Yet Bomber Command was limited in what it could accomplish. Targeting issues – no bombing force ever achieved a high level of accuracy – mechanical problems, German fighter attacks, anti-aircraft fire and weather all combined to limit what Bomber Command could achieve. Under Harris, Bomber Command solved some of these issues – the introduction of the Lancaster bomber in 1943 was a crucial development – and it ramped up its use of incendiaries against German industrial cities and working-class neighbourhoods. They were deployed to devastating effect in the raids on Hamburg in July 1943, which killed 37,000 people, “the single largest loss of civilian life in one city throughout the whole European war”. Winds, “acting like a giant bellows”, fuelled conflagrations that burnt at 800°C.
The historian shuns the charged rhetoric that swirls around Harris, but he still remains shocking in his callousness. He was convinced that strategic bombing would shorten the war and spare the United States and Britain a protracted land campaign; it did not. He was convinced that targeting German cities would break the morale of the people and destroy German’s war-making capacity; it did not.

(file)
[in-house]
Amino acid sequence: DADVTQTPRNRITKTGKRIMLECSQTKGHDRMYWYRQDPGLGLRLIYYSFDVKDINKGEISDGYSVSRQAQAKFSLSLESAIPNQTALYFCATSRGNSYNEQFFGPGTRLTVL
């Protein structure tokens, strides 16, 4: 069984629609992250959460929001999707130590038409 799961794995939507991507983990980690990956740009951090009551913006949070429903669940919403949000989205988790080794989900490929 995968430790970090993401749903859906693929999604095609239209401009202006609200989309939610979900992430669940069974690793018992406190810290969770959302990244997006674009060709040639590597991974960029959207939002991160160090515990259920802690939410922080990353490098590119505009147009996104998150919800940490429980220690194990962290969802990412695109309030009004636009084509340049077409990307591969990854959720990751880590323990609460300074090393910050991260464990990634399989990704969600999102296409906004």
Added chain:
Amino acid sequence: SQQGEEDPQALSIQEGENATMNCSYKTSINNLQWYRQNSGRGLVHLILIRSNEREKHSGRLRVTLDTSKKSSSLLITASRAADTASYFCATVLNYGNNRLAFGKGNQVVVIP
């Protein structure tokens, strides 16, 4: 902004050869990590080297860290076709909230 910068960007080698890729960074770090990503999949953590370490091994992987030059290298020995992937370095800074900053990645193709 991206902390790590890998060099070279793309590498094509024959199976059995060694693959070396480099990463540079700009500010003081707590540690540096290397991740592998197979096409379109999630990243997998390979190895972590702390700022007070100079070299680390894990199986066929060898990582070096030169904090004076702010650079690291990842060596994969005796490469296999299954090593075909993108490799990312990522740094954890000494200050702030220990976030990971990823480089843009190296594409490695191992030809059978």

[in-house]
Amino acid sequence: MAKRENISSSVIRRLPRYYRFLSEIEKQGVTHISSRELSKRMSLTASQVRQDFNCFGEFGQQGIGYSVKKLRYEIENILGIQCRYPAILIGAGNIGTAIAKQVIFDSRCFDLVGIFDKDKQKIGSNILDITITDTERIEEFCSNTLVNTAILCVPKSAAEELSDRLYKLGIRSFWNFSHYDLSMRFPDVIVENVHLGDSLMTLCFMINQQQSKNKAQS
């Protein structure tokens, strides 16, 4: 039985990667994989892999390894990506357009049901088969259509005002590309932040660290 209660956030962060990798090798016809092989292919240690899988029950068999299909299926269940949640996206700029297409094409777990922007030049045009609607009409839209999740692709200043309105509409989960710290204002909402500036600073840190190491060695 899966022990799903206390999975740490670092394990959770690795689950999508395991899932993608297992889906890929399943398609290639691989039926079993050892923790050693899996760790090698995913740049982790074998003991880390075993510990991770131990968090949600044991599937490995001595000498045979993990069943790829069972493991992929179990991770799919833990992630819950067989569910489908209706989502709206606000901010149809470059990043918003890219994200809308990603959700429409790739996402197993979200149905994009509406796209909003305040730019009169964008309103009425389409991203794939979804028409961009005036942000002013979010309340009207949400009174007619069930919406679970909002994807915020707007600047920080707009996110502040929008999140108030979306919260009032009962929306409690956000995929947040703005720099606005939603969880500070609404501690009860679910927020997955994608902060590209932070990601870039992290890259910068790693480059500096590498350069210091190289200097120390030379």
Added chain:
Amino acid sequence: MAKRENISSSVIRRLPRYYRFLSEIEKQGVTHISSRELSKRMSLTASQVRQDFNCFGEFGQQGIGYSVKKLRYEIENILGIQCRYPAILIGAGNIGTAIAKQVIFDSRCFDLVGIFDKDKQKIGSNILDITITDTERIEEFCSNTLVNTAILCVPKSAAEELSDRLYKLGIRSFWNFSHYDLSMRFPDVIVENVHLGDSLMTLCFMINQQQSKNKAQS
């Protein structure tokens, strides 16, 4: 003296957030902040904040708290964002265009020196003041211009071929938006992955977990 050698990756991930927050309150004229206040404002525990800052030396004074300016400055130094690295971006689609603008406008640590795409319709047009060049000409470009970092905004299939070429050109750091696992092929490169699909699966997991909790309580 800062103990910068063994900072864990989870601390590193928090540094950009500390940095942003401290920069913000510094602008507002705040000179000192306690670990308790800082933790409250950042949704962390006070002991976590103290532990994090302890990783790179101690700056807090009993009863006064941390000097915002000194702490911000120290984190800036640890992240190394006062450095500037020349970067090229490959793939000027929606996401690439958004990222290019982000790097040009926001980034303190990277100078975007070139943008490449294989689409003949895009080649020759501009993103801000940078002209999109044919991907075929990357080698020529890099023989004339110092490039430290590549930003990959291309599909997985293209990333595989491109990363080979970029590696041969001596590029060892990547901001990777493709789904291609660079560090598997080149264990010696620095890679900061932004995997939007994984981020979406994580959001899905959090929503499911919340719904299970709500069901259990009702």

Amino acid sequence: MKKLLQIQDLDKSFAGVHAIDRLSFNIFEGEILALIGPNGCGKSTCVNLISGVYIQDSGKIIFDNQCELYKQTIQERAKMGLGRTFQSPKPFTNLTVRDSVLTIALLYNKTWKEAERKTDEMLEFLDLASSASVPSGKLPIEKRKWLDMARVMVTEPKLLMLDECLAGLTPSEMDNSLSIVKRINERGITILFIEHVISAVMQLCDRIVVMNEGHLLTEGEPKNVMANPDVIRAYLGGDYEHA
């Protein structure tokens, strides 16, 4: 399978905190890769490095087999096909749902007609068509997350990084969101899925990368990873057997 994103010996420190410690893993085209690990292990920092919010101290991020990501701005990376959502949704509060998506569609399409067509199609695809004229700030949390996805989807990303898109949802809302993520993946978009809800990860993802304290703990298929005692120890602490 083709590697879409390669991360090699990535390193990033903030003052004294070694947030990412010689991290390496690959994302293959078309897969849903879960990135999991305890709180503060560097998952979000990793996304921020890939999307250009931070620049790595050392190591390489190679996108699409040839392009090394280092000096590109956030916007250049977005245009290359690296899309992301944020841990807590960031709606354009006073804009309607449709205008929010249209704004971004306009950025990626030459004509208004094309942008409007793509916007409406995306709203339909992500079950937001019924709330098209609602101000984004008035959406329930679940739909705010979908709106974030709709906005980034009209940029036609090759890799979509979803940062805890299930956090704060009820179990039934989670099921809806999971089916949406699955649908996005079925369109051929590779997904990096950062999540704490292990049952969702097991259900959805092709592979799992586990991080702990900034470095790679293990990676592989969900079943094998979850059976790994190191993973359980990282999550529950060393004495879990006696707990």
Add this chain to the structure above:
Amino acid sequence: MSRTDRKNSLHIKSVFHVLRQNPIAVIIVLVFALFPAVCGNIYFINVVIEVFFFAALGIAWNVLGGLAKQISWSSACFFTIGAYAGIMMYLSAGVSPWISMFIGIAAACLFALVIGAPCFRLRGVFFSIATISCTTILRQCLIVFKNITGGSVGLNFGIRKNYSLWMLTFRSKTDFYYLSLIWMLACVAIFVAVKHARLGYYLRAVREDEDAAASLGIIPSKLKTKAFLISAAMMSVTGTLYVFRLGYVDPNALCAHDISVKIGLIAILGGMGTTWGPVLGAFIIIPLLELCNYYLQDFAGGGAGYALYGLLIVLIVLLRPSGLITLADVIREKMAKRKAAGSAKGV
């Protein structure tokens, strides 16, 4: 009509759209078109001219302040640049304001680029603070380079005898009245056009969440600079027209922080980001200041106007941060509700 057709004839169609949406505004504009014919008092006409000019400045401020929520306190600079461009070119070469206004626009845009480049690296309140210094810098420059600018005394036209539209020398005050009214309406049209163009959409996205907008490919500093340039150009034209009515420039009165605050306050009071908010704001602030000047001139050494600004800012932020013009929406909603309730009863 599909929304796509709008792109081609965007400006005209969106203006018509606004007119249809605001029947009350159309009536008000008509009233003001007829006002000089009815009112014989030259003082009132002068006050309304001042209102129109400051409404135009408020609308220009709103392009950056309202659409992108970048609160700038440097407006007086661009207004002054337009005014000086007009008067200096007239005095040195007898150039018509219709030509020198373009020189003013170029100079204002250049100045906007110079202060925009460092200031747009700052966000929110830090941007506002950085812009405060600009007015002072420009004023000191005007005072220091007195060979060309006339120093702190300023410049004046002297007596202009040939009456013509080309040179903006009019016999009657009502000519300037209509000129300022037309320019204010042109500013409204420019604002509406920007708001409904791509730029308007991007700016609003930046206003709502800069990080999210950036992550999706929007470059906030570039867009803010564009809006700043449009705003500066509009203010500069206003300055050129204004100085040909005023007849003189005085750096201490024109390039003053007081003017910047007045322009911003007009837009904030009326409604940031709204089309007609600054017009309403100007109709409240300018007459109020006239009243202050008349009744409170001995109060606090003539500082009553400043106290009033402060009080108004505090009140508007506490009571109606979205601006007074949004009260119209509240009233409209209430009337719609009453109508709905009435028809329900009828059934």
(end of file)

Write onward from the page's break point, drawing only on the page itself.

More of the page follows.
In no instance was strategic bombing a war-winning game changer. It certainly brought misery, death and destruction to those – English, Italian, French, German, Polish – who had to endure it. “Bombs belonged to my life,” mused one German schoolgirl. But it was a futile pursuit. “Long-range bombing in the Second World War was a crude strategy,” Overy observes, “a wasteful use of resources, since most bombs did not hit the intended target, even when that target was the size of a city centre. Strategic bombing proved in the end to be inadequate in its own terms for carrying out its principal assignments and was morally compromised by deliberate escalation against civilian populations.”
Matthew Price’s writing has been published in Bookforum, the Los Angeles Times, The Boston Globe and the Financial Times.